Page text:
### 2.1. Network Architecture

Our goal is to train a network that can fill empty regions of velocity fields. The input scheme is similar to standard image inpainting tasks. For a given 2D velocity field ${\overrightarrow{u}}_{in}$ with missing fluid regions represented by a binary mask **M** (0 for empty and 1 for known regions), the network predicts the inpainted velocity field $\widehat{\overrightarrow{u}}$. Existing consistency checks, such as wind speeds not exceeding 8 m/s can be incorporated directly by the mask. The network for fluid data completion consists of three main parts: an encoder, dense blocks, and a decoder. The encoder-decoder pair follows a U-Net structure (Ronneberger et al., 2015) shown in Figure 1. It first encodes the original velocity field by reducing the spatial resolution progressively, later decoding it by increasing the resolution until it matches the original size. This way, features are extracted on all scales. The U-Net includes skip connections that forward these scale-dependent features from the encoding phase to the decoding phase in order retain the locality of high-frequent information. To improve the quality of the results obtained by the U-Net further, we add Dense Blocks (Huang et al., 2017) at the bottleneck to enrich the feature representation.

**Figure 1**. Our network architecture uses a U-Net with Dense Blocks to predict velocity fields. A stream function block implemented through another Dense Block can be added for incompressible flow data. Our synthetic data experiments use the stream function block, while the results of the Guadalupe island do not, since they are slices of 3-D incompressible flows, and thus, not divergent free.

Each layer of the network is implemented by replacing the standard convolution operations with modified partial convolutions (Liu et al., 2018). The modified partial convolution at every location is defined as

where *x*′ and *m*′ are the layer output and updated mask, respectively. **C** represents the convolution filter weights and *b* refers to its corresponding bias. **X** are the feature values for the current input window. **M** is the corresponding binary mask. **X**·**M** is an element-wise multiplication, and **1** has the same shape as **M** with all the elements equal to 1. The key difference between partial convolution and normal convolution is to multiply **X** and **M** element-wisely. In this way, the output only depends on the unmasked input values. A scaling factor $\frac{sum(1)}{sum(\text{M})}$ adjusts for varying amount of unmasked input values, leading to sharper velocity profiles in the reconstructed field. For incompressible flow fields we can add a stream function block as shown in Figure 1. The resulting velocity field can then be reconstructed from the predicted stream function field Ψ(*x, y*) by **u** = ∇ × Ψ. We refer to the Appendix for more detailed information about the network architecture and the training setup.

### 2.2. Loss Functions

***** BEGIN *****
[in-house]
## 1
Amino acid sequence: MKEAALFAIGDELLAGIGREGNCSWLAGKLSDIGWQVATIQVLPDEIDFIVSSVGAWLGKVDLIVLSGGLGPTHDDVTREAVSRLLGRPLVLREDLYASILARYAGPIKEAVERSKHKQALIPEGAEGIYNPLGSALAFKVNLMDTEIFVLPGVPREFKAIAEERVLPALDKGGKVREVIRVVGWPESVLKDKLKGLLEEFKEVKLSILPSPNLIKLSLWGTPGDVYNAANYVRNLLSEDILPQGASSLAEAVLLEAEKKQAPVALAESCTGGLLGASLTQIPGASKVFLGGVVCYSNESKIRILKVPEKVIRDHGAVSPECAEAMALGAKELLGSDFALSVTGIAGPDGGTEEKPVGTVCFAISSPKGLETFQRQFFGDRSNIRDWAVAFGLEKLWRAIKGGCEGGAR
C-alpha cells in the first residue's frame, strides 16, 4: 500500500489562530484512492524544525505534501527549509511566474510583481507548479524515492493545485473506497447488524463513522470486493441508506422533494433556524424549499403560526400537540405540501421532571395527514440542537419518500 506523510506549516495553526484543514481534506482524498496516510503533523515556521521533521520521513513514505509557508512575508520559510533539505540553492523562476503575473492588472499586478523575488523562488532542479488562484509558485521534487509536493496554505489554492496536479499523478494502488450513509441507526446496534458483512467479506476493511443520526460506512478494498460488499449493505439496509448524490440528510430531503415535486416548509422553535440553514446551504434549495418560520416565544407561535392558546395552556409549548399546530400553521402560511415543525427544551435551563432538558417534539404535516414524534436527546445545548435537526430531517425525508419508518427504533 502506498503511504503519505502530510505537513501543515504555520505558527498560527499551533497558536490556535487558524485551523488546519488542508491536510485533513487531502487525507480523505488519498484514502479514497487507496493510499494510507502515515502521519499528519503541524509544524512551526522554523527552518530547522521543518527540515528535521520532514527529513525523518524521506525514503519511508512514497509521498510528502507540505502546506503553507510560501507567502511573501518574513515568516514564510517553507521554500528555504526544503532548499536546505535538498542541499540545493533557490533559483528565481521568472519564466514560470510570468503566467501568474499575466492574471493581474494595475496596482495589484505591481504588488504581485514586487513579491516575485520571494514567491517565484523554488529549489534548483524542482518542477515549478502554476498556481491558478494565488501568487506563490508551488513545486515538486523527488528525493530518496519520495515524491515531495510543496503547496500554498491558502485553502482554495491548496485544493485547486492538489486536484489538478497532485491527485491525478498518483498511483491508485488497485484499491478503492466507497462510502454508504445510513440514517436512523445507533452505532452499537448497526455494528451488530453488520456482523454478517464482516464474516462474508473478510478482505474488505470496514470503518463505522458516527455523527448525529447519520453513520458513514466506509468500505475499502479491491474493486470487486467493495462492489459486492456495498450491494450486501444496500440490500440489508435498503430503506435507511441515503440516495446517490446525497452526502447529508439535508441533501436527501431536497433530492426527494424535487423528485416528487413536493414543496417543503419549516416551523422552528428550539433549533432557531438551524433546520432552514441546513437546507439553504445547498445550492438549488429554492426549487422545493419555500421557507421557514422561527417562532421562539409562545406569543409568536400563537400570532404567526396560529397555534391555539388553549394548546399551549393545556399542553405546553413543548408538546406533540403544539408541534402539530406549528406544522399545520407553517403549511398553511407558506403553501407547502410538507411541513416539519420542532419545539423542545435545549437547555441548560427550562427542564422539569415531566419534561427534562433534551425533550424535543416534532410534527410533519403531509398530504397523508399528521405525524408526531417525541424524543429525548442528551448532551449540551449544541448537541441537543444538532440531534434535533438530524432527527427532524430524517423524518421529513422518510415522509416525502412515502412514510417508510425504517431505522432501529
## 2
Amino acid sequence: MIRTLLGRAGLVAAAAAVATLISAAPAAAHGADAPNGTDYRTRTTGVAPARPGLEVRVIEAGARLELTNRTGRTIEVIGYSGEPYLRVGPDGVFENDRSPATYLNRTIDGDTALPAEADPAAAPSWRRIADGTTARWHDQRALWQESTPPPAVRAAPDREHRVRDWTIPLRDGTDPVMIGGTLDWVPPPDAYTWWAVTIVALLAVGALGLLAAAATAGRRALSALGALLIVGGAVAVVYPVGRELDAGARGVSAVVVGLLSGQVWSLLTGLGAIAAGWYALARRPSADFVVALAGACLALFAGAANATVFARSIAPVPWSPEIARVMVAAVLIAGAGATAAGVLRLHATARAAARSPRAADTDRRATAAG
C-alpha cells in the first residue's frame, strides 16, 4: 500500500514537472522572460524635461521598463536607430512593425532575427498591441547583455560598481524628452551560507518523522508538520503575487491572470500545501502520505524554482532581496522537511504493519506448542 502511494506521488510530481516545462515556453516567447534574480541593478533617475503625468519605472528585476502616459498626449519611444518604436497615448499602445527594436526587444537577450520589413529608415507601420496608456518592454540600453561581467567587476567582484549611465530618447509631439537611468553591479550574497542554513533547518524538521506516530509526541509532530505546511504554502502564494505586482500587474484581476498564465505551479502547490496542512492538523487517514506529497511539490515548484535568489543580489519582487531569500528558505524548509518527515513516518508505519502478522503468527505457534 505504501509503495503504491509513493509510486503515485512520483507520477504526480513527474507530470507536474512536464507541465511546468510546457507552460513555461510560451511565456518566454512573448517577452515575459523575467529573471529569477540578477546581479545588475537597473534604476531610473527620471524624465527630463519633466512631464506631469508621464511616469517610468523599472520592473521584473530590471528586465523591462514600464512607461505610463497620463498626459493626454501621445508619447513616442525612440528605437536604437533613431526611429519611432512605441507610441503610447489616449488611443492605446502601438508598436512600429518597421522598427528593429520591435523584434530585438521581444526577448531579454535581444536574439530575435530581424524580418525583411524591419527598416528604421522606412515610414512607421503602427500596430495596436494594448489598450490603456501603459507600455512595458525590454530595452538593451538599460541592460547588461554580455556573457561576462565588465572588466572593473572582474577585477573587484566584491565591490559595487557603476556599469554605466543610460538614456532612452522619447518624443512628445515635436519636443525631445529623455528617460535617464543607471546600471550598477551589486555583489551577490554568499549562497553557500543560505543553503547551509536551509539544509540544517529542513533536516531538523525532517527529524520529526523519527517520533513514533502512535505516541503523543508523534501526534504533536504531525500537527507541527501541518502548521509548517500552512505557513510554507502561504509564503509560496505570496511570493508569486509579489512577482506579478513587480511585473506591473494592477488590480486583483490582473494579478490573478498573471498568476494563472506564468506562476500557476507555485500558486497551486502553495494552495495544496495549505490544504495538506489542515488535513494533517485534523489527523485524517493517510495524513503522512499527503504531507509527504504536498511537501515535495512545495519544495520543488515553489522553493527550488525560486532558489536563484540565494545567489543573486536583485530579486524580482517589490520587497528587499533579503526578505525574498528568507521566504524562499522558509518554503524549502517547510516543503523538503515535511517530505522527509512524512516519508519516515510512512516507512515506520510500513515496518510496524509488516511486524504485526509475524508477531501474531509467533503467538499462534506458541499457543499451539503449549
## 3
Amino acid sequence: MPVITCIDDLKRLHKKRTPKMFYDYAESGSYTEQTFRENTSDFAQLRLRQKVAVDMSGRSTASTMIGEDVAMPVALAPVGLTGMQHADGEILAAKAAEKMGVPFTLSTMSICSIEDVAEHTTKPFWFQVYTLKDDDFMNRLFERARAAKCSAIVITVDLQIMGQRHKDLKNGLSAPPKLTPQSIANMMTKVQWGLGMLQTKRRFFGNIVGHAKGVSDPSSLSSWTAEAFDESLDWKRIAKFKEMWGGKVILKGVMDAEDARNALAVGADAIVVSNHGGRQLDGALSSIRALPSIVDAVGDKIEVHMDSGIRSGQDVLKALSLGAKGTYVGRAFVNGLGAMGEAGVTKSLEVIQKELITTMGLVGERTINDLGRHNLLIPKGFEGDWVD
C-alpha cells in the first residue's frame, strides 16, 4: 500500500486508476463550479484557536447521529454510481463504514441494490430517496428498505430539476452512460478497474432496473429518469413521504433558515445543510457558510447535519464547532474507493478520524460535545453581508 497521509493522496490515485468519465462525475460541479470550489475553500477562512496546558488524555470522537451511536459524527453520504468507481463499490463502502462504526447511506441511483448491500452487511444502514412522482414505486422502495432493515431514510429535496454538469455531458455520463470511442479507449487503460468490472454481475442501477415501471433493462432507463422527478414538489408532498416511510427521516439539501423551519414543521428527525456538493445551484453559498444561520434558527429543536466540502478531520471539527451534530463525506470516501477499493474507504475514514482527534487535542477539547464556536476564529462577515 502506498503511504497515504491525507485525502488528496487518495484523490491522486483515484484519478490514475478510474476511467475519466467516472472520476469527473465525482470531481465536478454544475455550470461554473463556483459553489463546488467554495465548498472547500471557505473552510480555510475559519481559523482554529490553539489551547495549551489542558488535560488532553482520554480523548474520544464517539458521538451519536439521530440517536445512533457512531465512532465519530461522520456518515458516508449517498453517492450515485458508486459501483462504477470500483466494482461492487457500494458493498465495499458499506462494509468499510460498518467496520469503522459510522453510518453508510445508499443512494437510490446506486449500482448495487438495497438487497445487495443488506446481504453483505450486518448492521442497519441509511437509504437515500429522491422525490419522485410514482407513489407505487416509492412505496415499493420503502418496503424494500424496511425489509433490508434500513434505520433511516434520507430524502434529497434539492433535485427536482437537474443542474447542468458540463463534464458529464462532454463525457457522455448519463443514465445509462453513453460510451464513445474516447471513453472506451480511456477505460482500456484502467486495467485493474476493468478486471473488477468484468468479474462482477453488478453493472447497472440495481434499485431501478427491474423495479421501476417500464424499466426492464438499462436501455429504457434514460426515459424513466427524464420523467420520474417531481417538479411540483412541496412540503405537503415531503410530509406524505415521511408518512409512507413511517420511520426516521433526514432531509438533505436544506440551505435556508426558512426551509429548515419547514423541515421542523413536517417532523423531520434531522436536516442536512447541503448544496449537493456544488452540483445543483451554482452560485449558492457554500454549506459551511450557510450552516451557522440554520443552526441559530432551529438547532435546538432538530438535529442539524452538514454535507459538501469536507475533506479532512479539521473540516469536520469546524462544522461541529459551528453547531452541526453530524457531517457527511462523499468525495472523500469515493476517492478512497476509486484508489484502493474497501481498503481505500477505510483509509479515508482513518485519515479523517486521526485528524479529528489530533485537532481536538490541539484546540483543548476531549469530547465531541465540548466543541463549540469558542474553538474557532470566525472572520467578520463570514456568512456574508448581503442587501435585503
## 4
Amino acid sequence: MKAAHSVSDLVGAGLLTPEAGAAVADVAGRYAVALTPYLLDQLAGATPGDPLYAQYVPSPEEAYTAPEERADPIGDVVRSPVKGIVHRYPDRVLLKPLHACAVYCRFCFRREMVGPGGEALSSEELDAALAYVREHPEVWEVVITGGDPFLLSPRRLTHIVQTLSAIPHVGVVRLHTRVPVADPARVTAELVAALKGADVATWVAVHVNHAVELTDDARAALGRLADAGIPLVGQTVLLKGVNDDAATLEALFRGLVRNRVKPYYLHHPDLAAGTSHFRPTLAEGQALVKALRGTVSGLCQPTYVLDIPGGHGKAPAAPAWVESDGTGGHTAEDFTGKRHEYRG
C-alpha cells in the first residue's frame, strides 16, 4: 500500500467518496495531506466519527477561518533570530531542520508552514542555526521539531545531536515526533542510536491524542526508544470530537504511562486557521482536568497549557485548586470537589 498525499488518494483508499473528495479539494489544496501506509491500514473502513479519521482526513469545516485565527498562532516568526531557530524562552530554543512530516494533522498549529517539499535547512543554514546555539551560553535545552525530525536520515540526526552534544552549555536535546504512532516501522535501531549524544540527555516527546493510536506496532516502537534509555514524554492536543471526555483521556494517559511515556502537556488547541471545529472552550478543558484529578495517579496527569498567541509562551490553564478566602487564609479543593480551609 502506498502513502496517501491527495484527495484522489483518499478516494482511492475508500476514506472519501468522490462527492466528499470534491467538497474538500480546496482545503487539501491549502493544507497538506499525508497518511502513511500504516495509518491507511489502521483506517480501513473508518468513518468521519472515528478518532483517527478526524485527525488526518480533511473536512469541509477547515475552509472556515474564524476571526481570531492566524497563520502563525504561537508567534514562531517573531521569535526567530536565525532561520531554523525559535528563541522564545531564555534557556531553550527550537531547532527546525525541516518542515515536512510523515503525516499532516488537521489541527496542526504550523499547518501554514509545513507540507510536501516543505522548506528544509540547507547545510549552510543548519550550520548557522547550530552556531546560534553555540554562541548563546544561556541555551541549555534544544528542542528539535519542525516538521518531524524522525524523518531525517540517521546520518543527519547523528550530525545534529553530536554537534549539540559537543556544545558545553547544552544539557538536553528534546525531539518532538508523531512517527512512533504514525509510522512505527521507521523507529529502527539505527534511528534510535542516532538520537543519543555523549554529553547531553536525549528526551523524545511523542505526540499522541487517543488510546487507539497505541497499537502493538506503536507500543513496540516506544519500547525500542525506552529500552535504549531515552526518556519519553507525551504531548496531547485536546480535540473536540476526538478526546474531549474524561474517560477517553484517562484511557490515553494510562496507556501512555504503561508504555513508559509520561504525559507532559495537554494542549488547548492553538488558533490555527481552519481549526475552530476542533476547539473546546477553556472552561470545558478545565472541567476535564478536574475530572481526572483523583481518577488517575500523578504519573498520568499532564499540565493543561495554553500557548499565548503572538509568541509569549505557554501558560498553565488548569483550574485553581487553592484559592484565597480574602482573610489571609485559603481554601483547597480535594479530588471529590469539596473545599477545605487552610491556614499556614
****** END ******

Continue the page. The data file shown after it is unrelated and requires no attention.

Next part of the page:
It is important to define a new set of supervised loss functions to model physical properties and constraints for fluid flow data. Let $\widehat{\text{u}}$ be the predicted velocities and **u** be the ground truth velocities. We keep the *L*^{1} reconstruction loss as it can efficiently reconstruct low-frequency information:

where α_{vel} is a scale factor that weights between empty and known regions. We use α_{vel} > 1 to emphasize better reconstructions on regions where the flow information is missing. Inspired by Kim et al. (2019b), we additionally minimize the difference of the velocity field Jacobian between ground truth and predicted velocity fields. With a sufficiently smooth flow field data set, high-frequency features of the CNN are potentially on the null space of the *L*^{1} distance minimization (Kim et al., 2019b). Thus, matching the Jacobians helps the network to recover high-frequency spectral information, while it also regularizes the reconstructed velocity to match ground truth derivatives. The velocity Jacobian *J*(**u**) is defined in 2D as

and the corresponding loss function is simply given as the *L*^{1} of vectorized Jacobian between predicted and ground truth velocities:

Additionally, we compute a loss function that matches the vorticity of predicted and ground truth velocities. The vorticity field describes the local spinning motion of the velocity field. Similarly to the Jacobian loss, our vorticity loss acts as a directional high-frequency filter that helps to match shearing derivatives of the original data, enhancing the capability of the model to properly match the underlying fluid dynamics. The vorticity loss is defined as:

Incompressible flows should have zero divergence, but numerical simulations often produce results that are not strictly divergence-free due to discretization errors. As we inpaint missing fluid regions, we aim to minimize the divergence on the predicted fields by

Lastly, all losses modeled by the network are based on the *L*_{1} distance function. Distance-based loss functions are known for undershooting magnitude values, creating results that are visibly smoother. This is especially visible for the inpainting task when we substitute original measured values back into the velocity field $\widehat{\overrightarrow{u}}$ reconstructed by the network. Therefore, we employed a magnitude of the gradient as our last loss function to produce inpainted results that have less discrepancies when using original measured values for known regions: